The legal challenge by the Australian Coal Alliance (ACA) to the validity of the approval to mine beneath the Central Coast’s major water supply district will be heard by the Land and Environment Court on November 12.
“The court action is estimated to run over four days,” said ACA spokesperson, Alan Hayes. He said the outcome of the case should concern all residents of the Central Coast who rely on the region’s water supply. “The ACA will be holding a protest rally on November 12, the day the legal challenge commences, at 10am, at the top of Martin Place, Sydney.
“All concerned Central Coast residents are encouraged to attend, if their schedule permits, to demonstrate their unity and concern. “We contend that the Planning Assessment Commission’s approval of the mine in January was unlawful, because it failed to consider certain aspects of the mining State Environmental Planning Policy and other criteria,” Hayes said.
“The mining company has put off to a future date certain things that were required to be done prior to the consideration of an approval and a mining licence being granted,” he said. “It was incumbent upon the Planning Assessment Commission to reject the mine proposal unless the mine proponents had fully satisfied all requirements for the mine to be approved, and this was not done. “The proponent of the 28 year mine project, Wyong Coal Pty Ltd t/as Wyong Areas Coal Joint Venture, is majority owned by Korea Resource Corporation (KORES), the mining arm of the South Korean Government. “Wyong Coal are seeking a licence to build a longwall coal mine directly beneath an essential water resource, which is opposed by the community and Central Coast Council.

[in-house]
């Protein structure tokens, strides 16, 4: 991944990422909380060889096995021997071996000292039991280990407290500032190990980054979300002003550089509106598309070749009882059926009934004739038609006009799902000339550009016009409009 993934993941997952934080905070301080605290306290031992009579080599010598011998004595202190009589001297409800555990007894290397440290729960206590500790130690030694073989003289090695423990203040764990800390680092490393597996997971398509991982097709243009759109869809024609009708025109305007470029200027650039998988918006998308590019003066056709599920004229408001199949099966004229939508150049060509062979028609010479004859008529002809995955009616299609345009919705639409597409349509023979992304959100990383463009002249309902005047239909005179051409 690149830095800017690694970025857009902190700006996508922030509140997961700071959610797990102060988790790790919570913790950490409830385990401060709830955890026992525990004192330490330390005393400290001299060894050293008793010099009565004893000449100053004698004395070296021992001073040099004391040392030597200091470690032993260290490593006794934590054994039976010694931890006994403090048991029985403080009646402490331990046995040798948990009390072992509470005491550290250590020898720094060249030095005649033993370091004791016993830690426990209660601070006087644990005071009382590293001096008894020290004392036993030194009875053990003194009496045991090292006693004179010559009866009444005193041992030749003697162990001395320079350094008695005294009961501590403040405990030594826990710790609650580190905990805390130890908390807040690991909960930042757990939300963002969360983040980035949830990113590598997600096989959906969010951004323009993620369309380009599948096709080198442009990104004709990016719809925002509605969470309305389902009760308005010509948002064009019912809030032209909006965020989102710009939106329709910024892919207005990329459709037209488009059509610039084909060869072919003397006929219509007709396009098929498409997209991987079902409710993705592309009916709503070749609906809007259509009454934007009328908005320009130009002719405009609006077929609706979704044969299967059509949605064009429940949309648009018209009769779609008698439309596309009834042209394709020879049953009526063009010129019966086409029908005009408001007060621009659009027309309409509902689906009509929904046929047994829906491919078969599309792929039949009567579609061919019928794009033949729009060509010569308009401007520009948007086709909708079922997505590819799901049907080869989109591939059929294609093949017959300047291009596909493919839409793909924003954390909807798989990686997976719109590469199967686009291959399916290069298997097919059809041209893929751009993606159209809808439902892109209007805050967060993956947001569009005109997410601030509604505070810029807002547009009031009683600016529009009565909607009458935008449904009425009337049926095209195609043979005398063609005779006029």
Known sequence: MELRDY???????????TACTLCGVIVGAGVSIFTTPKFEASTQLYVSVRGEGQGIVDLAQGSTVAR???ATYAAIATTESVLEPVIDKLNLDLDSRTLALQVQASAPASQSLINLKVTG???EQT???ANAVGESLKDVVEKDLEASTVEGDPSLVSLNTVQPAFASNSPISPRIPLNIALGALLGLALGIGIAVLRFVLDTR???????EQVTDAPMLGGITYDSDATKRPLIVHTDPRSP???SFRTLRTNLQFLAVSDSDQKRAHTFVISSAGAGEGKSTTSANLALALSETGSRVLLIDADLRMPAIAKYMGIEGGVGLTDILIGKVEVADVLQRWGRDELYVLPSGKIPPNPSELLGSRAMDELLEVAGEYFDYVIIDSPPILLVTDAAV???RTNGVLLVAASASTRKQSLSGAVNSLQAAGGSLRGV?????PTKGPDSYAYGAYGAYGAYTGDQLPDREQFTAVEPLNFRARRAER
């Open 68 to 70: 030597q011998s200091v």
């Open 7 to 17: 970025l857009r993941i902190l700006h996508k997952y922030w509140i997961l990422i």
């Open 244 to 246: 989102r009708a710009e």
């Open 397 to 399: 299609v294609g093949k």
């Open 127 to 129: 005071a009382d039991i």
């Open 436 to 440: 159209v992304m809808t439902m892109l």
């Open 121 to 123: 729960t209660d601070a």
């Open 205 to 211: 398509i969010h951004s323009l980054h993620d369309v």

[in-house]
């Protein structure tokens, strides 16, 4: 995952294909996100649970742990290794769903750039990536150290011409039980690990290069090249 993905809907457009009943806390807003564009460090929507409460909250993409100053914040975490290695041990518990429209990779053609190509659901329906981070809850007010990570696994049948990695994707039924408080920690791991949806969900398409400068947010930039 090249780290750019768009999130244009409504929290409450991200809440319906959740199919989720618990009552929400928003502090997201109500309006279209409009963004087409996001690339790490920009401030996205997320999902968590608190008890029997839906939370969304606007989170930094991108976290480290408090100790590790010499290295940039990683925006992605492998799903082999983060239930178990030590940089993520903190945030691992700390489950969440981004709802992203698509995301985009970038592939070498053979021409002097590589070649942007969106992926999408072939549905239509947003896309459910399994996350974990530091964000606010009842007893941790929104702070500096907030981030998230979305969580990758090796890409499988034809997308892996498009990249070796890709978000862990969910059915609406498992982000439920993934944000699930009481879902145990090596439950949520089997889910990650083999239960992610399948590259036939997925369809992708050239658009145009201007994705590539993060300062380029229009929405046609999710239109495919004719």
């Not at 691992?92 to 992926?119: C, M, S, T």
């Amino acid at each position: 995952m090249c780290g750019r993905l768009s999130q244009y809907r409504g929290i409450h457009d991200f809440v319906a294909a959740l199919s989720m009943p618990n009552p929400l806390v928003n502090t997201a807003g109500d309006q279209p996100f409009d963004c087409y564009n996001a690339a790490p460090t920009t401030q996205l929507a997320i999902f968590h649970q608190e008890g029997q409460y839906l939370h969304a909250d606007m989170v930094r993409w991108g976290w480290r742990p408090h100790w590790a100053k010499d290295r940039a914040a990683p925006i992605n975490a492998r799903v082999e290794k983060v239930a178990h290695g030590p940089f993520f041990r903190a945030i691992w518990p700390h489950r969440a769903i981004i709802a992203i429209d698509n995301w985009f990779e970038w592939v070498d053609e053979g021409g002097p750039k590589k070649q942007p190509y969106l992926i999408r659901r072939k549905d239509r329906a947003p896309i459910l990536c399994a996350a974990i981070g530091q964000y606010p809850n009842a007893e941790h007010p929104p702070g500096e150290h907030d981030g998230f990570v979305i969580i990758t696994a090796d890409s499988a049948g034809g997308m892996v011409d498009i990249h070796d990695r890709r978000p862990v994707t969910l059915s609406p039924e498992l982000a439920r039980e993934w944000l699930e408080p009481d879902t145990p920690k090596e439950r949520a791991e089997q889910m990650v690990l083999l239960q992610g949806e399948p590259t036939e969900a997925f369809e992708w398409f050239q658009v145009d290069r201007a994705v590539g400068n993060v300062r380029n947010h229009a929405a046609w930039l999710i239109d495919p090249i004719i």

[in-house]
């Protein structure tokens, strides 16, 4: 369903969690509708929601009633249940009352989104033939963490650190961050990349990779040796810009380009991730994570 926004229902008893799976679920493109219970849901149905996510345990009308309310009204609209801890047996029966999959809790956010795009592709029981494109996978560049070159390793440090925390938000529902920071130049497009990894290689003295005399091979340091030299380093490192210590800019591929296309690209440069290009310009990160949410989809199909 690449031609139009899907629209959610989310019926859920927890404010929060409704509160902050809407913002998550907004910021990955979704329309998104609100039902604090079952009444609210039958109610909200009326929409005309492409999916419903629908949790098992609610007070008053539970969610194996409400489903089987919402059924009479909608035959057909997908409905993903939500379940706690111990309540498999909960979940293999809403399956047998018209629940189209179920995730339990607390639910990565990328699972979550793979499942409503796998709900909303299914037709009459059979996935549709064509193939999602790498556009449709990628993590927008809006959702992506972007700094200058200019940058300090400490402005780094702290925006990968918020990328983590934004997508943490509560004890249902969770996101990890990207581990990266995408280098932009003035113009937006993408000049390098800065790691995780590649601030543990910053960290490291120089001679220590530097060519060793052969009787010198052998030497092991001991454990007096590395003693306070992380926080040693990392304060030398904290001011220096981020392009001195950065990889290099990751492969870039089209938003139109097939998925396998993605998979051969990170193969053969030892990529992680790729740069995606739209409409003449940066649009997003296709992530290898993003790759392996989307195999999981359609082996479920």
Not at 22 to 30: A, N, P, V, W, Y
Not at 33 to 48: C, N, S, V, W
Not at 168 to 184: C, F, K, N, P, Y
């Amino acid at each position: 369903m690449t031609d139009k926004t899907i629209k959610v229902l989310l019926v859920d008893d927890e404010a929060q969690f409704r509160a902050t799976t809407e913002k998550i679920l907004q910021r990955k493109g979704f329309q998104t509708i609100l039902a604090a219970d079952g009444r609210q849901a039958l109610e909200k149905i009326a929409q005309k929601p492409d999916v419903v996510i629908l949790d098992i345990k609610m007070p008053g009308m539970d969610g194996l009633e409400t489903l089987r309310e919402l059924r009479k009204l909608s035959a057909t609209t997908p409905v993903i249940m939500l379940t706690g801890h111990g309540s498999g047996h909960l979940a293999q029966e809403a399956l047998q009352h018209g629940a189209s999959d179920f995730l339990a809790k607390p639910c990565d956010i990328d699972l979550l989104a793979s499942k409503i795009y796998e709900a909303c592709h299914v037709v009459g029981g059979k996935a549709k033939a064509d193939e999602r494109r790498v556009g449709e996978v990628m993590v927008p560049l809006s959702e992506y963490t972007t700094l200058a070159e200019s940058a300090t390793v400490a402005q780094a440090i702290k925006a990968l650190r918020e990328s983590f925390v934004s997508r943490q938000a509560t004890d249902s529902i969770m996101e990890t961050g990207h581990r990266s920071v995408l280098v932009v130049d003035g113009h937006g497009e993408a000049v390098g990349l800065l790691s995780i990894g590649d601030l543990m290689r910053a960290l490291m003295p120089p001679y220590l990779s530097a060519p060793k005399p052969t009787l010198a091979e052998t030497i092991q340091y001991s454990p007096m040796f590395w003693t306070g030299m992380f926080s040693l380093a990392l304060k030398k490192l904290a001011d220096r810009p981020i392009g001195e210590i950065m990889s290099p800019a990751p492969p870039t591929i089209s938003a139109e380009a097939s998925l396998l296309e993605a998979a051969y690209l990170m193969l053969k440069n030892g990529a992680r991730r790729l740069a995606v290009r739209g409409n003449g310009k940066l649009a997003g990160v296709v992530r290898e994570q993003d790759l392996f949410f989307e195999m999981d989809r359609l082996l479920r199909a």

“The campaign to prevent this mine from becoming a reality has been ongoing for 23 years. “Protecting our drinking water is paramount. “It cannot be put in jeopardy because of the machinations of a mining company. “The ACA’s Senior Counsel said that our prospects of success are excellent. “The ACA issued a summons against the mining company and the Minister for Planning in April, which seeks relief that the determination by the Planning Assessment Commission (PAC) granting consent on January 16 was invalid and of no effect. “There are 10 different grounds, which include a number of sub grounds, that the ACA is challenging the PAC’s consent on.
“The ACA has brought the court action in the LEC because it is in the public interest to do so. “You have to stand up for what you know is right and not allow a mining company to destroy something as important as our drinking water supply. “It has always been a ‘no ifs, no buts, a guarantee’ that the ACA would not buckle under to pressure, but continue to fight on the behalf of Central Coast residents. “No one has the right to jackboot their way across communities to satisfy their greed and avarice.
Source: Media release, Sep 10 Alan Hayes, Australian Coal Alliance